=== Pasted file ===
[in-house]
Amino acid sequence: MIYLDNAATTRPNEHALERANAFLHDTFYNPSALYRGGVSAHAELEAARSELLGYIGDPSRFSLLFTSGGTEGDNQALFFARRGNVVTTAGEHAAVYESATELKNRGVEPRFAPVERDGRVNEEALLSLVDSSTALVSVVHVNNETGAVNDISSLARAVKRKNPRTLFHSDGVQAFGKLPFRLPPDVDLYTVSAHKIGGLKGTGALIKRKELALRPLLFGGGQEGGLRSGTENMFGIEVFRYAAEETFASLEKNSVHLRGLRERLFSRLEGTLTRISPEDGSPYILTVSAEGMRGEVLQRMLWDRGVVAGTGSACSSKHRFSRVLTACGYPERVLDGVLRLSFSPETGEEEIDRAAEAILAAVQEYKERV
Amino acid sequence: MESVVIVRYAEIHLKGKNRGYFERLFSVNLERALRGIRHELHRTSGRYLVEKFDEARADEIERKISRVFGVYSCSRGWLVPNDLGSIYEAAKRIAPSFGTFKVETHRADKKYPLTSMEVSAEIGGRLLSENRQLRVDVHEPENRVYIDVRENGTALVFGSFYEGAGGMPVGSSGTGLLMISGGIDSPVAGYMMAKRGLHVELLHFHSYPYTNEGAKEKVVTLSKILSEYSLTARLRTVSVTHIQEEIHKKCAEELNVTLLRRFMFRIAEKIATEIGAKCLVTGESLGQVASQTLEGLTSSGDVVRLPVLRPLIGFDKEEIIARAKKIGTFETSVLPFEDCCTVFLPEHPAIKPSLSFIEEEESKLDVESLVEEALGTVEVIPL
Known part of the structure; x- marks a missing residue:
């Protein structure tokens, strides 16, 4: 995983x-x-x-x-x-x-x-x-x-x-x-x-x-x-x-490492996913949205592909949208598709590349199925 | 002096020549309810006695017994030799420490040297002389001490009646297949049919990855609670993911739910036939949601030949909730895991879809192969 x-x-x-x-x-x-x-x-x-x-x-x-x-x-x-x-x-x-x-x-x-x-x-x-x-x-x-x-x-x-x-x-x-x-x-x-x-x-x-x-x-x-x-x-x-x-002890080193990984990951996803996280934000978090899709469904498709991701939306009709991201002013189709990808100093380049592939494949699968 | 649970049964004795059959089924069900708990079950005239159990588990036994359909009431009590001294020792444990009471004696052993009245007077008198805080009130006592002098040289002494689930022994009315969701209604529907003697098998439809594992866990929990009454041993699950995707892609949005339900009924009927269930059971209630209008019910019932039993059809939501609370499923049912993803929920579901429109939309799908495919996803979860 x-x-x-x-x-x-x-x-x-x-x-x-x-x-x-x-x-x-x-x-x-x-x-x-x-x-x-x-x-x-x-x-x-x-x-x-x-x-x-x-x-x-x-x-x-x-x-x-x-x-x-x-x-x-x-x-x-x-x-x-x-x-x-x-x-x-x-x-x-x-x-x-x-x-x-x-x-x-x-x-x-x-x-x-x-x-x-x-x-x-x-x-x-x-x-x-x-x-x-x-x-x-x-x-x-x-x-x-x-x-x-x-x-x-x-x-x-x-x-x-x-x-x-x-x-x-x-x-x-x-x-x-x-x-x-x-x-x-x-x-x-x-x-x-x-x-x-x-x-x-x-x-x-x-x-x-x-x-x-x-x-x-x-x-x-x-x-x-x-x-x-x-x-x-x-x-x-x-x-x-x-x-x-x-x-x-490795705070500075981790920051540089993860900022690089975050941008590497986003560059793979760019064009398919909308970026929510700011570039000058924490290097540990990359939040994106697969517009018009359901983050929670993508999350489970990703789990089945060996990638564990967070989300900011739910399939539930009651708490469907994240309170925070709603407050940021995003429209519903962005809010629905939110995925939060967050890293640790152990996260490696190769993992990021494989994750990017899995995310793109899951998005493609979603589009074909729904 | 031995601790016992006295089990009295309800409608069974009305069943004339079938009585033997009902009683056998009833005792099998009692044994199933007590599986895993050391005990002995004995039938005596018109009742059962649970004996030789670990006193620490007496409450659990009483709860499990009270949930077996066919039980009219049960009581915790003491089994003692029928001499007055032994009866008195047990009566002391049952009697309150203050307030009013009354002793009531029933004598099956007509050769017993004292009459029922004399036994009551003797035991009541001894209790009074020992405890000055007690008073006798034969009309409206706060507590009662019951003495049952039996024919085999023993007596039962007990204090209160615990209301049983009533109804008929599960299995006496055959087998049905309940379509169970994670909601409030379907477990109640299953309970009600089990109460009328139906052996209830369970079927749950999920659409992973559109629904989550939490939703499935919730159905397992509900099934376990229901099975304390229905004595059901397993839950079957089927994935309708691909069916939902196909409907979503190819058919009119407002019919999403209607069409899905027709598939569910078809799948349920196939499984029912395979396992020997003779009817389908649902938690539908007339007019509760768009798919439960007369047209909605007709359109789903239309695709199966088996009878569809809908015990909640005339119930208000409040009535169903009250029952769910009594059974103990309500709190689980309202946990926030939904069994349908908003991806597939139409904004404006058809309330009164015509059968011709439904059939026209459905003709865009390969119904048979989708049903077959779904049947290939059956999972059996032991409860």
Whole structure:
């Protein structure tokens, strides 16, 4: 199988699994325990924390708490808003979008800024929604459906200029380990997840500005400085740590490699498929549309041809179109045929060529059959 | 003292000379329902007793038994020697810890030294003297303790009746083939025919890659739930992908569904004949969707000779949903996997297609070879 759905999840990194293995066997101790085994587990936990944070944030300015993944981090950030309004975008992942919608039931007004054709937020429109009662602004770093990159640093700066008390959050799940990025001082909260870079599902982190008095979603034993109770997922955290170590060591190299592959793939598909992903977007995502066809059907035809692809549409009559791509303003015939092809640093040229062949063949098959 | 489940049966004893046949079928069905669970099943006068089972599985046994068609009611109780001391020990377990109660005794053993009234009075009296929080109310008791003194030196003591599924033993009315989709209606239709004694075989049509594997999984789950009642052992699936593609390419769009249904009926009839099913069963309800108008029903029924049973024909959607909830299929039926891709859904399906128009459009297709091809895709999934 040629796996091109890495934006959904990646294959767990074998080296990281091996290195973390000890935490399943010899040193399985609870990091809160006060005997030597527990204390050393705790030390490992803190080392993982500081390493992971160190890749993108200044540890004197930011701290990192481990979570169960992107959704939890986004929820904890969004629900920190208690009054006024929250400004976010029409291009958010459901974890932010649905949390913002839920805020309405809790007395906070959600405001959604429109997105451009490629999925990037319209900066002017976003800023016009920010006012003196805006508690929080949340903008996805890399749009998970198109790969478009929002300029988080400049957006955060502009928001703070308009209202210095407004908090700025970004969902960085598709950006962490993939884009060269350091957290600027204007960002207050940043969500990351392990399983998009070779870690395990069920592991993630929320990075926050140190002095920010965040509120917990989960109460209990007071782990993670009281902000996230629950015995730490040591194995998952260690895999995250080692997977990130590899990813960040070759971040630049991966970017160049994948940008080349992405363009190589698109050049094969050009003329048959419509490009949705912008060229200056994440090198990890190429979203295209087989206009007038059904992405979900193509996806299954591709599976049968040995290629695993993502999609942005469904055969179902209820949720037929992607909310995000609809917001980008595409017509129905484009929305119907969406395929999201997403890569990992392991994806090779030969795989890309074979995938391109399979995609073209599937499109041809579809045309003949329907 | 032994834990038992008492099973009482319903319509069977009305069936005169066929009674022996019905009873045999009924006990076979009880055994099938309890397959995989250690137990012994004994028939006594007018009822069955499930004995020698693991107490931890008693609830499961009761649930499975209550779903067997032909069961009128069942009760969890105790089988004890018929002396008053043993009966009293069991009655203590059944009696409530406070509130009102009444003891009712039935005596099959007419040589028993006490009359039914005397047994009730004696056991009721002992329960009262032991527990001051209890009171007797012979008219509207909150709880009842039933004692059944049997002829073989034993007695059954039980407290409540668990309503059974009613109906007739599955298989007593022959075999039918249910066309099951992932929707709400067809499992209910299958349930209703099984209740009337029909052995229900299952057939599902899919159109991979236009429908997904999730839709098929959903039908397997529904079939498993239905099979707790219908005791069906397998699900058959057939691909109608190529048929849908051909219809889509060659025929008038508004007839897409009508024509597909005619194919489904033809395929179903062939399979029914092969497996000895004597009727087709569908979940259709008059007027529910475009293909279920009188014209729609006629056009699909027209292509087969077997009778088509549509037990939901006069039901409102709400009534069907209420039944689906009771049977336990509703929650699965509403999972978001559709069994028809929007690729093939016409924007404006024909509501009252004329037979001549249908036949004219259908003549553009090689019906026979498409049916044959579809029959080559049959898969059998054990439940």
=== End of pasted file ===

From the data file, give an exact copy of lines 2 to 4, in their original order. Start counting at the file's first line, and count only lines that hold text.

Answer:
Amino acid sequence: MIYLDNAATTRPNEHALERANAFLHDTFYNPSALYRGGVSAHAELEAARSELLGYIGDPSRFSLLFTSGGTEGDNQALFFARRGNVVTTAGEHAAVYESATELKNRGVEPRFAPVERDGRVNEEALLSLVDSSTALVSVVHVNNETGAVNDISSLARAVKRKNPRTLFHSDGVQAFGKLPFRLPPDVDLYTVSAHKIGGLKGTGALIKRKELALRPLLFGGGQEGGLRSGTENMFGIEVFRYAAEETFASLEKNSVHLRGLRERLFSRLEGTLTRISPEDGSPYILTVSAEGMRGEVLQRMLWDRGVVAGTGSACSSKHRFSRVLTACGYPERVLDGVLRLSFSPETGEEEIDRAAEAILAAVQEYKERV
Amino acid sequence: MESVVIVRYAEIHLKGKNRGYFERLFSVNLERALRGIRHELHRTSGRYLVEKFDEARADEIERKISRVFGVYSCSRGWLVPNDLGSIYEAAKRIAPSFGTFKVETHRADKKYPLTSMEVSAEIGGRLLSENRQLRVDVHEPENRVYIDVRENGTALVFGSFYEGAGGMPVGSSGTGLLMISGGIDSPVAGYMMAKRGLHVELLHFHSYPYTNEGAKEKVVTLSKILSEYSLTARLRTVSVTHIQEEIHKKCAEELNVTLLRRFMFRIAEKIATEIGAKCLVTGESLGQVASQTLEGLTSSGDVVRLPVLRPLIGFDKEEIIARAKKIGTFETSVLPFEDCCTVFLPEHPAIKPSLSFIEEEESKLDVESLVEEALGTVEVIPL
Known part of the structure; x- marks a missing residue: